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Back in November, @votegirlvote shared several posts about the #genderpaygap. In honor of #EqualPayDay, we’d like to offer a follow-up. General #stats about the #wagegap between men and women frequently indicate that women make on average 80¢ for every dollar that a man earns. (The pay disparity is much higher for select demographics given bias over race, age, access to education, etc.) But what if we told you it was closer to 49¢? A report published by the Institute for Women’s Policy Research (IWPR) looking at women’s and men’s earnings over a 15-year period observed a near doubling in the pay gap when taking into account women who have temporarily left the labor force. This new value is indicative of the higher rate at which women pull out of full-time work and the greater wage penalty they face upon returning to work compared to men in similar circumstances. Women are more likely than men to both take time off to act as primary caregivers and to cite familial responsibilities as the reason – creating a ‘care chasm.’ What this essentially translates into is a child care penalty for women, necessitating among other things, greater investment into paid family leave policies, as well as child and elder care options for families as part of the solution for closing the gender pay gap. Check out the links in our bio☝️to read the full report, learn more about #equalpay, and learn how to join a #salarynegotiation workshop (courtesy of the @aauwnational). #gettrained #closethegendergap #equalpayforwomen #equalpayforequalwork #earnwhatyoureworth #womenwhowork #womensupportingwomen #showmethemoney

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It’s #EqualPayDay. Let’s review the facts. ⁣⁣⁣ ⁣⁣⁣ Women in the United States had to work all of 2018 and this far into 2019 to earn what men did in 2018 alone. The pay gap exists across income and education levels – it’s largest for women with bachelor’s and advanced degrees. And it exists across industries, hours, and ages. Even when women get degrees, enter high-paying fields, and put in long hours on the job for years, that still doesn’t erase the gap. No matter how you slice it, women as a whole are paid less than men. And for Black women, Native American women, and Latinas, the pay gap is even wider.⁣⁣⁣ ⁣⁣⁣ If ever there was a cold, hard fact about our economy, this is it. And it must change. ⁣⁣⁣ ⁣⁣⁣ Equal pay is an economic issue: the pay gap can have a profound impact on a worker’s income, especially when compounded over a lifetime. For families looking to buy a house, send kids to college, save for retirement, or just have a little financial breathing room, the pay gap makes that harder. For single moms raising families on their own – and there are millions across the country – it cuts even deeper. ⁣⁣⁣ ⁣⁣⁣ And equal pay is a moral issue. It’s just plain wrong that one gender is consistently paid less than another. For anyone looking to reduce inequality, closing the pay gap would be a major step forward.⁣⁣⁣ ⁣⁣⁣ Year after year, we mark Equal Pay Day. And year after year, the pay gap persists. Still, there are signs of progress. Leaders here and abroad are making equal pay a priority. It’s more important than ever that we increase awareness. Join me in sharing the facts about the pay gap. Let’s bring more people into this fight. We can’t get to equality without equal pay.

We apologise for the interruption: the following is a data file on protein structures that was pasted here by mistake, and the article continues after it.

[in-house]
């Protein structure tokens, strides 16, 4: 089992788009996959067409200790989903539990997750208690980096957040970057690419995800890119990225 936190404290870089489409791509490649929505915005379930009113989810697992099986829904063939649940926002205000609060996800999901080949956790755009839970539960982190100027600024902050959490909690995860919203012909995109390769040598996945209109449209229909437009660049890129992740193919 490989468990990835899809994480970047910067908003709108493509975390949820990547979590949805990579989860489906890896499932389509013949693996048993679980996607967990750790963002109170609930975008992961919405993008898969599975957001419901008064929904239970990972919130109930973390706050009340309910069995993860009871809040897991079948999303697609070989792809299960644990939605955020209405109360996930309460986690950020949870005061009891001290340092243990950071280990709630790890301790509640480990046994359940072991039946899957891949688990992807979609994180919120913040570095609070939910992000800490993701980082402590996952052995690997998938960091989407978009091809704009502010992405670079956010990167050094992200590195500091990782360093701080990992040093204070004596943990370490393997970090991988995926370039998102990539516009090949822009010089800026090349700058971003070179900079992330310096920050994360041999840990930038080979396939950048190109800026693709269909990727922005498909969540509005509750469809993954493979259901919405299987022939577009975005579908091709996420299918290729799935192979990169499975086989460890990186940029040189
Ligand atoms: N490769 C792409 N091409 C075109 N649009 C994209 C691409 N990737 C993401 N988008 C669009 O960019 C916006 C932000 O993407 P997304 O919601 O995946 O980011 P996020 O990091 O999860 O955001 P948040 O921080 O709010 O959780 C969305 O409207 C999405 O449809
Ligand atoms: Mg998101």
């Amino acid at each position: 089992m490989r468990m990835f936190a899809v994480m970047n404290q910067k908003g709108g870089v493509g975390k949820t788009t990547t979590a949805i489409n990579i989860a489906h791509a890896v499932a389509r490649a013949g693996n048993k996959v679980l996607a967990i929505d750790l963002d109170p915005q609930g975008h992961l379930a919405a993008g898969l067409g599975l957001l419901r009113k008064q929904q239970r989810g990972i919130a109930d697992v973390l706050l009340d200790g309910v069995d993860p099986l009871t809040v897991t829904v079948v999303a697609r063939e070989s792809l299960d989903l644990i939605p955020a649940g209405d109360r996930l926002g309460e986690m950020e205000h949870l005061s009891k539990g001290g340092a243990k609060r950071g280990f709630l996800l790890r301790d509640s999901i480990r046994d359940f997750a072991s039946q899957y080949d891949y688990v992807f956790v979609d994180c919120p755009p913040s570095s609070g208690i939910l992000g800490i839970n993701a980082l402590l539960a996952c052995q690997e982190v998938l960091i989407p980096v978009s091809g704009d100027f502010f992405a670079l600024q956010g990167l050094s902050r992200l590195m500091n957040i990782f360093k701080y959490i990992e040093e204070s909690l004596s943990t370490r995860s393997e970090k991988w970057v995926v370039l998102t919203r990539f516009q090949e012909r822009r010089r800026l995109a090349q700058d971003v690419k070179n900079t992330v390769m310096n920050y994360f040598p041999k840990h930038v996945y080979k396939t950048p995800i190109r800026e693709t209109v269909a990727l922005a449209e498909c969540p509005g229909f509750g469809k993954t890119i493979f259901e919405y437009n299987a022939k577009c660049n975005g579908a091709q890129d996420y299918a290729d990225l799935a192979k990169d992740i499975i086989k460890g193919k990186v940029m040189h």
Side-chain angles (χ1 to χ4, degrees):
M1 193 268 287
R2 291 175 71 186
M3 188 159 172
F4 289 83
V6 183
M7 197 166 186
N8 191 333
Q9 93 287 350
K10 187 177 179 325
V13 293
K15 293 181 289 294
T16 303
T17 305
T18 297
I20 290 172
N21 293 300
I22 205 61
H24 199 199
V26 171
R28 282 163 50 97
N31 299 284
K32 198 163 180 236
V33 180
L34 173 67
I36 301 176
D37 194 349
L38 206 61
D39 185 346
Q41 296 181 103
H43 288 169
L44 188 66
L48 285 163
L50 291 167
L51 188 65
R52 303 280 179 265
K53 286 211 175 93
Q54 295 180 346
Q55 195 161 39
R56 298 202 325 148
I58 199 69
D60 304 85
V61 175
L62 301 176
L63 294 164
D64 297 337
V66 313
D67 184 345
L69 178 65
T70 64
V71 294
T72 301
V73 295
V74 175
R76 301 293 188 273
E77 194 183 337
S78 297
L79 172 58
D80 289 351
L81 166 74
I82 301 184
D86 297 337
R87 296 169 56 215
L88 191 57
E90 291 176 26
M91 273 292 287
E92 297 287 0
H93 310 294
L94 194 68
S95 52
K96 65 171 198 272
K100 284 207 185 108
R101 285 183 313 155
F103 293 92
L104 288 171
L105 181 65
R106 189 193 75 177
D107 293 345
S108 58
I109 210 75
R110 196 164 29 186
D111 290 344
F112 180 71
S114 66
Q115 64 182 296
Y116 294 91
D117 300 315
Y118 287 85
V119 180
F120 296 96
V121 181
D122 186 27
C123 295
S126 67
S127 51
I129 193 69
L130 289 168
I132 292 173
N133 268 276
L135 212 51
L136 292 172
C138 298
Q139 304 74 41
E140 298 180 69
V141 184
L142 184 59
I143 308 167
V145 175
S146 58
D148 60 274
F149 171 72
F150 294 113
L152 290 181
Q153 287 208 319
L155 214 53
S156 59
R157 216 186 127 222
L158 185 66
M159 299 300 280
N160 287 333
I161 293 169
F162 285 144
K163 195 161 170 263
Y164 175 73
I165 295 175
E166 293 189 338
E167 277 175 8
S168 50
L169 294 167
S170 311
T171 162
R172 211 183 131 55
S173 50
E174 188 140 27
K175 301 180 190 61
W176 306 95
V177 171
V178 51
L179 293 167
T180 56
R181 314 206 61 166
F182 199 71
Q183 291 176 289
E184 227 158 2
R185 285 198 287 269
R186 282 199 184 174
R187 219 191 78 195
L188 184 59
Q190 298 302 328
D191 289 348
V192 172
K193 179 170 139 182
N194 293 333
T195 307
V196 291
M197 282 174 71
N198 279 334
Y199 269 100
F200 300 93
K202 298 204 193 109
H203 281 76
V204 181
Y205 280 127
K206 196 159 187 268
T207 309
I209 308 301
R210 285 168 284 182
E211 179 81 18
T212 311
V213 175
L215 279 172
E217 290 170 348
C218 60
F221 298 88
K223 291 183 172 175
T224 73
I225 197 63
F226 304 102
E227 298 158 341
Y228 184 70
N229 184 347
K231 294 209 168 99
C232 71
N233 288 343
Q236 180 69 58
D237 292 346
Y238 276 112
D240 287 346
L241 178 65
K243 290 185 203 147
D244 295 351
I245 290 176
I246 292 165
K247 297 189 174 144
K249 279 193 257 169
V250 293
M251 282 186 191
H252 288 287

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Equal ability, equal work, equal pay, period. #EqualPayDay

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Gbemi Lolade Adekanmbi is the cultivator of For Creative Girls. She is a firm believer in the fact that there is no division between the ability for science and the ability for Art. Her goal is to cultivate this ability with as many people as possible and make creatives a living, breathing part of how the world, organisations, and societies run.